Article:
Anne Kelly (08:34):
When we first started talking, I was saying there was a connection between profession as a physician and your in interest in being a public artist. And it seems like overall, just you as a person, you’re interested in uplifting people
Chip Thomas (08:47):
To try to tie it all together. And hopefully not sounding too cliche I say this a lot. And I it’s, I feel it’s true in my work in my day to day work as physician, when I’m encount encountering individuals and or families, I’m listening to stories, I’m getting histories from people and using that information to try to improve the quality of their life, such that I’m attempting to create an environment of wellness within the individual, plus a very deliberate act on my part. As I said, to reflect back to the community, the beauty that they’ve shared with me and in so doing, I’m attempting to create an environment of wellness within the community. So yeah, I, I do see the, uh, two practices as this being complimentary,
Anne Kelly (09:37):
As I understand it, you’ve started a project called the painted desert project where you’ve been inviting other artists from around the world, is that right to make murals
Chip Thomas (09:47):
Around the world and around the, uh, reservation thing that happened really is in 2009, I had just gone through a very difficult period, the death of my dad, the loss of the family home, which we’d been in for 50 years. And I got a divorce. This all happened between 2006, 2007, every five years, every five to six years since I’ve been working here on the Navajo nation, I try to get away for a little bit just to, um, go to a different part of the world. You know, I think in order to think outside the box, it helps to get out of the box. So in 2009, I went to Brazil for three months. And for the last part of that trip for the last three weeks, I fell in with a community of street artists. And that was amazing because since I became aware of street art and people painting on trains and Keith Haring, and I’d go to new city, you know, looking for painted trains, looking for painted walls.
Chip Thomas (10:40):
So when I was in Brazil in 2009, it was really like a mini residency where I had an opportunity to learn. There were street artists in Brazil from all over the world from, uh, Italy, from France, Germany, from Brazil, from the states here. I was bit of a stand up. I was 52 at the time cause we were all younger, younger people, but I think they appreciated my enthusiasm for this art form. And it’s an interesting thing as well, because a lot of times when I take these trips away from work sabbaticals, I’m hoping that I will get an epiphany. You know, I’m hoping I’ll figure I’ll get some sense of why I’m here on this earth, what my, uh, purpose is. But in 2009, I having come through this difficult time in my life, I just really wanted to chill. And it was awesome because Brazil gave me this amazing gift of this art form that I really love.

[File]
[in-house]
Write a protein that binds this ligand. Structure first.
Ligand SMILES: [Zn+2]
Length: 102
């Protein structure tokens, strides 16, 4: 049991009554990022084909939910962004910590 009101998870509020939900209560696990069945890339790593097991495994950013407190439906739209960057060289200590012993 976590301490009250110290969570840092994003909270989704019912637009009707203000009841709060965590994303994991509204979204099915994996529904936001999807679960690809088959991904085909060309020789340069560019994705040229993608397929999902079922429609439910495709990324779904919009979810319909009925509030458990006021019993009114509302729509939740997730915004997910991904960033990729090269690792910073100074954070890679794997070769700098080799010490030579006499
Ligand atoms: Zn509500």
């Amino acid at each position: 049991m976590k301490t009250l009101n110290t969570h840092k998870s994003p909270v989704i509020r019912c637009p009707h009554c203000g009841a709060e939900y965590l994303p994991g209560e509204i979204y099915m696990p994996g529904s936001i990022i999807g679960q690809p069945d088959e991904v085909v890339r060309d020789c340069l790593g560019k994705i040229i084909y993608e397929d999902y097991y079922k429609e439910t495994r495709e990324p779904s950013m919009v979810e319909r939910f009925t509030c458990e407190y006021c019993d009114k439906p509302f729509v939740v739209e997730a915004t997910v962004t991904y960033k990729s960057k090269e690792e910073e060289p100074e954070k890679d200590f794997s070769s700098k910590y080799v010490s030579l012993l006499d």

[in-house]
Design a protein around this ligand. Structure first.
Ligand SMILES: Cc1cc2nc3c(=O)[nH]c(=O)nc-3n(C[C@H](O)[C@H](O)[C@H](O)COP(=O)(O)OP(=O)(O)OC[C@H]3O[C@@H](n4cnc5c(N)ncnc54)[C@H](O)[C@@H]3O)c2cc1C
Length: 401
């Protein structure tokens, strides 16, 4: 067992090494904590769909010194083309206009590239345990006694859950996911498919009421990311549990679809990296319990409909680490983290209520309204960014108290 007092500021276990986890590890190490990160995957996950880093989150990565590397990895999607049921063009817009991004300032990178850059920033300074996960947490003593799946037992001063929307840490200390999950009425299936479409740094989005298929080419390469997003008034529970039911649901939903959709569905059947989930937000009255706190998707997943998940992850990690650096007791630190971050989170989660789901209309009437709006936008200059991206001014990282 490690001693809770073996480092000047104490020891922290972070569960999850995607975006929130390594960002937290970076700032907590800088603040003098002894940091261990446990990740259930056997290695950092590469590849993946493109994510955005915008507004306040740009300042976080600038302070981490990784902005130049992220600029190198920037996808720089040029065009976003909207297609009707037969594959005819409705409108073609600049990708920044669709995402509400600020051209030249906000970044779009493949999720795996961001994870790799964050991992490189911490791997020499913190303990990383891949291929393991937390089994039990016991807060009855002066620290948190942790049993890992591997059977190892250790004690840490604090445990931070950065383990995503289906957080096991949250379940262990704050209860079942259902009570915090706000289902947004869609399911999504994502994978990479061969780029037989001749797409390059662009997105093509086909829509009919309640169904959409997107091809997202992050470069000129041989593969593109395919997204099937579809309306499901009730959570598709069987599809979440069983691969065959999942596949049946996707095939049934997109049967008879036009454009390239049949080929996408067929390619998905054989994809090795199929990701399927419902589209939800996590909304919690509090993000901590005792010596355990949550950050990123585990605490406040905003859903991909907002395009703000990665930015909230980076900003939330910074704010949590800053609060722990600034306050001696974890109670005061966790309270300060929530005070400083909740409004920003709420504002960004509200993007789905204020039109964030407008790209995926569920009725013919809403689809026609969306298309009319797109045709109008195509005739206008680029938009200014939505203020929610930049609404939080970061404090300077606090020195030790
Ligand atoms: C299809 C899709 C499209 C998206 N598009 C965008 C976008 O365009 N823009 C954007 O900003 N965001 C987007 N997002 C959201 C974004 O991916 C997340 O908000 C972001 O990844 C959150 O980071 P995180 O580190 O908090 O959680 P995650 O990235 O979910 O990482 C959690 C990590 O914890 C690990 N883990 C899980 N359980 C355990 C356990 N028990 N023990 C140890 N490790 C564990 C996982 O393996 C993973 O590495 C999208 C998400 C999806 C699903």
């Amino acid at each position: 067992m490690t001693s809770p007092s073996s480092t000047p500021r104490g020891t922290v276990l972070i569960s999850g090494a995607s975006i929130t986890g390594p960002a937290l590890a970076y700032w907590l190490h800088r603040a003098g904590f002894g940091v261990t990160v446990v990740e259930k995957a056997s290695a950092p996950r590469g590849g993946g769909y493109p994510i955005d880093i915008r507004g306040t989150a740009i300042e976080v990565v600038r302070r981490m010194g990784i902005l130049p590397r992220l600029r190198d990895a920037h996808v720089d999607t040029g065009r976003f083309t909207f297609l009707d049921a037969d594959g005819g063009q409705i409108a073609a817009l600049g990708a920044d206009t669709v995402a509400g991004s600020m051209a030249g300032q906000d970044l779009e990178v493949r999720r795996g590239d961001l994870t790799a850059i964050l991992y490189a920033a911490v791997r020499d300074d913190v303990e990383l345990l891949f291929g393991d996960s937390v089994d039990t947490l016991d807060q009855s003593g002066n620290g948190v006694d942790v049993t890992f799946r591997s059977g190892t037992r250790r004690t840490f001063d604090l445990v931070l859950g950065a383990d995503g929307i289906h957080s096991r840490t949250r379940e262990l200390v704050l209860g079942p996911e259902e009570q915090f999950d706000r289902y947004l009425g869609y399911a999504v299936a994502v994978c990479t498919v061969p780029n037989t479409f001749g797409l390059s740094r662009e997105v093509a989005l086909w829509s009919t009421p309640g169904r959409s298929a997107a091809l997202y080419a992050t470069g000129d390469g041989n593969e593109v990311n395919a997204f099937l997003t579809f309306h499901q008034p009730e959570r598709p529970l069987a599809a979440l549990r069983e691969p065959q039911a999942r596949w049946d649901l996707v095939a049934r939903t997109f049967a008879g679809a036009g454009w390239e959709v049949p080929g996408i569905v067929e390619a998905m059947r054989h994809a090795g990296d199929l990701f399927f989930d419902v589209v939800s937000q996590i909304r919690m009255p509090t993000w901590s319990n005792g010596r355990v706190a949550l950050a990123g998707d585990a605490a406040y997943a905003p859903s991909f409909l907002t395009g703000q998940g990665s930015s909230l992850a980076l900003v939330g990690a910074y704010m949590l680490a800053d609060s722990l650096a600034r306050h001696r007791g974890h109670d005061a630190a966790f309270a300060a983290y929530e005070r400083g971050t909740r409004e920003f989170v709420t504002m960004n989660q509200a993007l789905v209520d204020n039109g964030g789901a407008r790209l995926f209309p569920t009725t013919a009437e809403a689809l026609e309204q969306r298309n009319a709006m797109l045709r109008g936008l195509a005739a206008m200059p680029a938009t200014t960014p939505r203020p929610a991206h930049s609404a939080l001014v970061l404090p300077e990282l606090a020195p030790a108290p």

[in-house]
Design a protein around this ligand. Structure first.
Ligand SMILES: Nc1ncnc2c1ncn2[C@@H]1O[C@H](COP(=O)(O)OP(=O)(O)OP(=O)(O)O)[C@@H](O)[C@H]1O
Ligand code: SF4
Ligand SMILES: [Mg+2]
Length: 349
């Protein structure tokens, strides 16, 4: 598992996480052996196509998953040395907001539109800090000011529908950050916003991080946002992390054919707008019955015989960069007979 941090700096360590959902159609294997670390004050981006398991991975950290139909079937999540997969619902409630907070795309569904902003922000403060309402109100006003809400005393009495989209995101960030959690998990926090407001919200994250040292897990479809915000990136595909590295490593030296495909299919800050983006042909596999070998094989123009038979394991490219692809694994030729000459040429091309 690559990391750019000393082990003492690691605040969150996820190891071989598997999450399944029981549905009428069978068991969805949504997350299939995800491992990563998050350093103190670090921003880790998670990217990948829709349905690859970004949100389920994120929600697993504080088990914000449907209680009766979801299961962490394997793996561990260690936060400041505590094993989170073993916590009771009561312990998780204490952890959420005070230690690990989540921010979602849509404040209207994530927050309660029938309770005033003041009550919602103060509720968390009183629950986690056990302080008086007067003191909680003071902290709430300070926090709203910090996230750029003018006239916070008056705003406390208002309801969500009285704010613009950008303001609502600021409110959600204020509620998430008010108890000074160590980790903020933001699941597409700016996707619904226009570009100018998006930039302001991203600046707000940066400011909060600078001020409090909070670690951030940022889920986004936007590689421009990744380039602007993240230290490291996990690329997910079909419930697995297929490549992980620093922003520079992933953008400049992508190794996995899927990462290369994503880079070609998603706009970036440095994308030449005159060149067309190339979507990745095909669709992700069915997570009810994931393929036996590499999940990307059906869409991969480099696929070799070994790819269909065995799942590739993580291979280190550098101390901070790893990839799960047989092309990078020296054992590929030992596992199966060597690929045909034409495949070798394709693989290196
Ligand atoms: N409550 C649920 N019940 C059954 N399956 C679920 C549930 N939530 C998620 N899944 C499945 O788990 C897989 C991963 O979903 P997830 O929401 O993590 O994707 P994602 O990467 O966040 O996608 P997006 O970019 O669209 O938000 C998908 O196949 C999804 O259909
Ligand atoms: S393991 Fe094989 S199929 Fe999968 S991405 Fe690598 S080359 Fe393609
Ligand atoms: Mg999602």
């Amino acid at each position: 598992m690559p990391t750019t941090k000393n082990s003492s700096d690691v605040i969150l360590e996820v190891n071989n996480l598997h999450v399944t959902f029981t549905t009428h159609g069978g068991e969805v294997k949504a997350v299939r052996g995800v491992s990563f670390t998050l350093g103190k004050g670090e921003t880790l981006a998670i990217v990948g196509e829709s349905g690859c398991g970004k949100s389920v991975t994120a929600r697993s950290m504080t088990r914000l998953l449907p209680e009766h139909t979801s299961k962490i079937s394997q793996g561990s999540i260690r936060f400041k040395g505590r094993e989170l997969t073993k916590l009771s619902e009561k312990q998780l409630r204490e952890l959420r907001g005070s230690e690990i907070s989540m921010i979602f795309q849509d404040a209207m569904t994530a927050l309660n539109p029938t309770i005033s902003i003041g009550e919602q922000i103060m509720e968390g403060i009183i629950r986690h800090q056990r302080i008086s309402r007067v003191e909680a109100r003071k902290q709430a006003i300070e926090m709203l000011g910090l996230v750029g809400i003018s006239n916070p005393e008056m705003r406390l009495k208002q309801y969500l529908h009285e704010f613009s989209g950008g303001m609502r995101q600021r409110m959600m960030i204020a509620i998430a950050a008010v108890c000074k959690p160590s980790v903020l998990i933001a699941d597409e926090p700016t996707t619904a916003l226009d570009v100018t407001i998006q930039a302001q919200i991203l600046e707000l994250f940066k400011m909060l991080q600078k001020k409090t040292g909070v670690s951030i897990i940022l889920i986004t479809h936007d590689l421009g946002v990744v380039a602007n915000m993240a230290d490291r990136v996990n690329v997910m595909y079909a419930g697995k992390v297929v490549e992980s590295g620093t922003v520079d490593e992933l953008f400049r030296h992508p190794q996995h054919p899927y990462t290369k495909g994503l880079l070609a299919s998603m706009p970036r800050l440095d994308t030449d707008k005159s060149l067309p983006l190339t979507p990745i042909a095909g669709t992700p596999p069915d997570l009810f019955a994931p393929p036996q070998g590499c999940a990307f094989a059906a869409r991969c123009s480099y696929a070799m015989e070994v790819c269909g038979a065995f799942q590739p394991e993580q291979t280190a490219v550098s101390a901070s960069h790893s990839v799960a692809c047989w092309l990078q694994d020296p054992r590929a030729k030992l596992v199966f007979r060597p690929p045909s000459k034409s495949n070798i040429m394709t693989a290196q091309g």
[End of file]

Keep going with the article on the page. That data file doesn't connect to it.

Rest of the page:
Chip Thomas (11:38):
So just before I left Brazil, an artist who is a part of this group of folks in El Salvador, Bahe in Brazil, you know, grabbed my arms and told me to keep this energy going. I’d been giving marching orders utter. I was on a mission. You know, the folks in Brazil showed me photos of the installation JR, Did in Rio of the women’s eyes, pasted on the outside of a Favela, looking down onto the wealthy beaches. Uh, that was the real game changer for me, seeing how a photograph could be blown up and applied to a large wall as a form of street art. So when I came back to the states in March of 2009, I Googled a recipe for making wheat paste and went to, uh Kinko’s at the time and asked them to blow up a photograph. And I started doing my project 2011, 2012.
Chip Thomas (12:33):
There was a project called the boneyard project at the air and space museum or the air museum outside of Tucson. There was a fundraiser. They invited street artists from all over the world to come and paint these old world war II bomber airplanes. So there was that street art project. There was one in New York called the underbelly project where Jordan Sealer and one other artist invited artists from all over the world, again, over the course of a year to paint work in an abandoned subway station in the city. So I was inspired by those art projects. There was living walls in Atlanta. There was open walls in Baltimore where street artists were, were coming together to make work. So I thought it would be cool to invite artists, you know, to come spend time with me here on the Navajo nation, meet some people and, um, have a cultural exchange with artists, the medium. And it’s awesome because as you know, over the years, it’s actually grown into a bit of a community service project where we’ve repaired. People’s roadside stands. We have built a boot stand for one of my neighbors here who, um, sells out of flea market every Saturday. Yeah. It’s been a nice coming together. Uh, people from all over the world and all over of the state of Arizona,
Anne Kelly (13:57):